The unusually heavy sentence meted out to Zheng, 63, is being seen as an effort by the government to demonstrate its determination to address the country's dire product safety record.

 

Zheng headed the State Food and Drug Administration (SFDA), which sets standards for food and drug safety, from 1998 until he was sacked in 2005.

 

China has been faced with mounting domestic and international pressure to overcome problems arising from sub-standard products, including exported food, fake drugs and other potentially toxic or dangerous products.

 

'Shameful acts'

 

"The few corrupt officials… are the shame of the whole system and their scandals have revealed some very serious problems"

Yan Jiangyang, State Food and Drug Administration

Yan Jiangyang, a spokeswoman for the SFDA, confirmed the execution at a press conference in Beijing.

 

"The few corrupt officials… are the shame of the whole system and their scandals have revealed some very serious problems," she said.

 

"We should seriously reflect and learn lessons from these cases. We should step up our efforts to ensure food and drug safety, which is what we are doing now and what we will do in the future," she said.

 

Yan said the SFDA was working to tighten its safety procedures and create a more transparent operating environment.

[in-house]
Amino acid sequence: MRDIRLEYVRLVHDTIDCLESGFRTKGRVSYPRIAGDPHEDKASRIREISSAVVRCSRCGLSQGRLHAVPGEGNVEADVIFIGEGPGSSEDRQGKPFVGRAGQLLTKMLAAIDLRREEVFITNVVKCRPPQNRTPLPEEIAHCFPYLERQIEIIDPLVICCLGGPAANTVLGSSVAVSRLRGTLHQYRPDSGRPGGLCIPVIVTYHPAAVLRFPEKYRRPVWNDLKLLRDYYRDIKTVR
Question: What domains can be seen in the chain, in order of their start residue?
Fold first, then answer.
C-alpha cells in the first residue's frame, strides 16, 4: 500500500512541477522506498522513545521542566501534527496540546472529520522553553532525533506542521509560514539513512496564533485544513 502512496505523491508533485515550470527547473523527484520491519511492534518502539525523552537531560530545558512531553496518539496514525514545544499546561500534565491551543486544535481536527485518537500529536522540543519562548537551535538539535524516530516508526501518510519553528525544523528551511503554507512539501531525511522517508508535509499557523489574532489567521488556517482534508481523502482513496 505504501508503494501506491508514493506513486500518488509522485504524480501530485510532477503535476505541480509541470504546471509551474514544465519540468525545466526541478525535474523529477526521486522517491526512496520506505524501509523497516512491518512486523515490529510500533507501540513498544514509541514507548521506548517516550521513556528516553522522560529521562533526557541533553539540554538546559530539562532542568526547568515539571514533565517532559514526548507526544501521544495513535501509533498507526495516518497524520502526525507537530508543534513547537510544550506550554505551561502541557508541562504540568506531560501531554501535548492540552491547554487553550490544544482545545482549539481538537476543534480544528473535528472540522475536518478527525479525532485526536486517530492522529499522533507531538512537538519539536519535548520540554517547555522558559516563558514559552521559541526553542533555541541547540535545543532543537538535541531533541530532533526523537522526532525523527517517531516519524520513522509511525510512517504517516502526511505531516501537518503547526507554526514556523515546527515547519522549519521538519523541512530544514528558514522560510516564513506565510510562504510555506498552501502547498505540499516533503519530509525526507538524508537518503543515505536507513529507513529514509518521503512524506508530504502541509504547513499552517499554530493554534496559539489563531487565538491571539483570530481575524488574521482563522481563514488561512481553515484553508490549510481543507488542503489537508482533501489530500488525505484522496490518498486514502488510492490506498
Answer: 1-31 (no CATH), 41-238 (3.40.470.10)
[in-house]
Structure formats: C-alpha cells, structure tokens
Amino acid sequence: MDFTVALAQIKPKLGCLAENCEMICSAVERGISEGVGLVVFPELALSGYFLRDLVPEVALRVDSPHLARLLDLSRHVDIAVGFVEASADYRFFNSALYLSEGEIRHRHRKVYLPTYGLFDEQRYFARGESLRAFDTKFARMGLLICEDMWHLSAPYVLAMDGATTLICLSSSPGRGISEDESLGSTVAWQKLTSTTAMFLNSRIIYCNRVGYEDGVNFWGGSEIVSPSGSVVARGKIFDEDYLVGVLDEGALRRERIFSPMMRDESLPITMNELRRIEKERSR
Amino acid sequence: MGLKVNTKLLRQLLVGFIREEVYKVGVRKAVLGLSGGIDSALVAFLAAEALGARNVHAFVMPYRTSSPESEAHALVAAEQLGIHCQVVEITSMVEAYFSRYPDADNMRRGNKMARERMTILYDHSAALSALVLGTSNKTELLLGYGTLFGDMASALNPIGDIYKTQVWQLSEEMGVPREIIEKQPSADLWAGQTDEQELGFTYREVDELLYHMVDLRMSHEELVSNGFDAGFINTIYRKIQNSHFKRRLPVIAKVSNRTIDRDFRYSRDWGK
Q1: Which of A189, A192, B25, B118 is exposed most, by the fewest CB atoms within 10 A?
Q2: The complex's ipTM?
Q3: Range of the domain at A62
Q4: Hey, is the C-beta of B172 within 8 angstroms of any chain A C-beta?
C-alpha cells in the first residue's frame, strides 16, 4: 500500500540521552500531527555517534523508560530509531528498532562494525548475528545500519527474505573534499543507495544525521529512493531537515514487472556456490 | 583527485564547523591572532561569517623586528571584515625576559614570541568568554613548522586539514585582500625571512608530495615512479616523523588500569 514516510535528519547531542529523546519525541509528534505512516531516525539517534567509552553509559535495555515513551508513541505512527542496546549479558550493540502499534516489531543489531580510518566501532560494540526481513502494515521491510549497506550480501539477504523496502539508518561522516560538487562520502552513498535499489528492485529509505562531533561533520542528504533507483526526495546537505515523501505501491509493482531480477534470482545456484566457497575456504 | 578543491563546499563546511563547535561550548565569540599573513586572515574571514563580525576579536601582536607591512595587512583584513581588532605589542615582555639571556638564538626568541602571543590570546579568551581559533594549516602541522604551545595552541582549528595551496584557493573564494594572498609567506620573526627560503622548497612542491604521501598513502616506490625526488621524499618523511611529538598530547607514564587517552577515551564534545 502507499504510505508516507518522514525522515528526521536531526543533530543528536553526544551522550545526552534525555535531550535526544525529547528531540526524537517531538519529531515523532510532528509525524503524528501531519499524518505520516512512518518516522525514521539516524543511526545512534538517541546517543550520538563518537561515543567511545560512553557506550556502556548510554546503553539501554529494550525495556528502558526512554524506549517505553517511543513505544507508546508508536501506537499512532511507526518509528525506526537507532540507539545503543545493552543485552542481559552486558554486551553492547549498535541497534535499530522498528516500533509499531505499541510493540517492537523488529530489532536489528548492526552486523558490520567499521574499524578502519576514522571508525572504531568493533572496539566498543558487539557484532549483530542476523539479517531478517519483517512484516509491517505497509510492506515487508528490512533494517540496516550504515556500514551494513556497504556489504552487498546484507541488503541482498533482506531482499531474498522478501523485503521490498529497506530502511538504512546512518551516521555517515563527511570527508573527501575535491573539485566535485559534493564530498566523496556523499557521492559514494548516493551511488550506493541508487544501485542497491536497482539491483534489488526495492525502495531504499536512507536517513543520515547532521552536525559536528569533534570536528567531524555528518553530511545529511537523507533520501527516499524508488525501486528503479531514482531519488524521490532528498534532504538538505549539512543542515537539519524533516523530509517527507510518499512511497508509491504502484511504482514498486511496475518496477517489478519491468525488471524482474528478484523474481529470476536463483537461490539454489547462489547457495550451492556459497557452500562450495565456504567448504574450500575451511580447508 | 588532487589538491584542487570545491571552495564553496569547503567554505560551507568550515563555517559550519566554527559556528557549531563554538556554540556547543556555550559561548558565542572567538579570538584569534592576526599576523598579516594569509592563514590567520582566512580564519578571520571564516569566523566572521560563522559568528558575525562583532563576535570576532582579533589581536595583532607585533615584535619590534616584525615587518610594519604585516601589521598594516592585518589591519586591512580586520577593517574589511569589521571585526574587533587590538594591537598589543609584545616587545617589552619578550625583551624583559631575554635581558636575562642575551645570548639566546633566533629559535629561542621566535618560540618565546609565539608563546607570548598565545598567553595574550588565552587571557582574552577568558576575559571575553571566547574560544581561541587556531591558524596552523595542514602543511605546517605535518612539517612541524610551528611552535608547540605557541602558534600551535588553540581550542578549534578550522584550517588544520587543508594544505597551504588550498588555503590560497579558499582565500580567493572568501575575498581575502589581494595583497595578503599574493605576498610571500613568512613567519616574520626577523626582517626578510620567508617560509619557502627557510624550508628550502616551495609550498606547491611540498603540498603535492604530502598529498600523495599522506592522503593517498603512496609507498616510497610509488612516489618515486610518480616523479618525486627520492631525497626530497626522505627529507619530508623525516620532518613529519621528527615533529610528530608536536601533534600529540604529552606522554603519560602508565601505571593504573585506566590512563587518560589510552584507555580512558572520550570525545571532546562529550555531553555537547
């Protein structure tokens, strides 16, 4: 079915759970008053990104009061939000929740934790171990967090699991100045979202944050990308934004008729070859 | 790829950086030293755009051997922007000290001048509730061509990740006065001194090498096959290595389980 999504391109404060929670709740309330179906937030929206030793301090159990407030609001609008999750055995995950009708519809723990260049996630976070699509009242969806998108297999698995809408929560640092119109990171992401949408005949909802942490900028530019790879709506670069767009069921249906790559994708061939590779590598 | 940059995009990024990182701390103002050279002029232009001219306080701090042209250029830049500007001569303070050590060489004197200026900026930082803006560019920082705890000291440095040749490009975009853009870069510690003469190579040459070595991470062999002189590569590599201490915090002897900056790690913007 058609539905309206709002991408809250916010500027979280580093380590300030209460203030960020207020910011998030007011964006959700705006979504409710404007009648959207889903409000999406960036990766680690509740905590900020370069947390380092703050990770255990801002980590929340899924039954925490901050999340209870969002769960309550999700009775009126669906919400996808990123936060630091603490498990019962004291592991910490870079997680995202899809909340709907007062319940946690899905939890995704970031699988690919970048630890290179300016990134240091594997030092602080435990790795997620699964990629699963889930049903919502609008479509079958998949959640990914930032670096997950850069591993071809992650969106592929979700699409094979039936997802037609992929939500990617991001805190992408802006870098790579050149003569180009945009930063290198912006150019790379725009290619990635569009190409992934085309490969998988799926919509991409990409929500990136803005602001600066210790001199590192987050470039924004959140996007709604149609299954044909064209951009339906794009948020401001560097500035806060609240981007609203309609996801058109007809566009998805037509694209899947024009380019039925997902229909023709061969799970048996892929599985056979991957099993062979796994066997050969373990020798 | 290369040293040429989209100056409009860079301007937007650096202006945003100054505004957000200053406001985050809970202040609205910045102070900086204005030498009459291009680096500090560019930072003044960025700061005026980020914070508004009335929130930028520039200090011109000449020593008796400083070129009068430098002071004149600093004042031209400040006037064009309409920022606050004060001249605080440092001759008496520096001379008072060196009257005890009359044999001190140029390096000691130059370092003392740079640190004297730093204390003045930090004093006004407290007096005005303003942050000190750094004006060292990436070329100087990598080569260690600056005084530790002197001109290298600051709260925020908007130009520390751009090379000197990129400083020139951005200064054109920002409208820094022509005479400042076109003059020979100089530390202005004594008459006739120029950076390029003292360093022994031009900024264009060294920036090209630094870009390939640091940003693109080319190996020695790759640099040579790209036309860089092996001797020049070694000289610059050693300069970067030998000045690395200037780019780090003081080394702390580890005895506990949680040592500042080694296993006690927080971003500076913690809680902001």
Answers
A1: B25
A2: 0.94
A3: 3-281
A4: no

"As a developing country, China's current food and drug safety situation is not very satisfactory because supervision of food and drug safety started late," she told reporters.

 

"Its foundation is weak so the supervision of food and drug safety is not easy."

 

Alerts

 

Food safety alerts have caused widespread
alarm in China and abroad [GALLO/GETTY]
Under pressure from the government and a growing media outcry the SFDA has vowed to crack down on safety, and has closed factories where illegal chemicals or other problems were found.

 

Last week, the SFDA said almost 20 per cent of products made for consumption within China were found to be sub-standard in the first half of the year.

 

It said canned and preserved fruit and dried fish were the most problematic primarily because of excessive bacteria and additives.

 

The current raft of alerts over Chinese-made products began after dozens of deaths in Panama last year were blamed on contaminated medicine containing diethylene glycol, a chemical often used in anti-freeze.

 

Chinese-made toothpaste has also been banned in a handful of countries due to its content of diethylene glycol, although there have been no reports of health problems stemming from the product.

 

Earlier this year pet food containing Chinese wheat gluten tainted with the chemical melamine was blamed for the deaths of hundreds of pet dogs and cats in North America.

 

US authorities have since turned away or recalled toxic fish, juice containing unsafe colour additives and toy trains decorated with lead paint, all of which were made or produced in China.

 

In the latest domestic alert over product safety, Chinese media reported on Tuesday that more than half the water coolers used in Beijing were dispensing counterfeit branded water.

 

The water is either tap water or purified water from small suppliers put into the water jugs and sealed with bogus quality standard marks, the Beijing Times newspaper said in a lengthy report.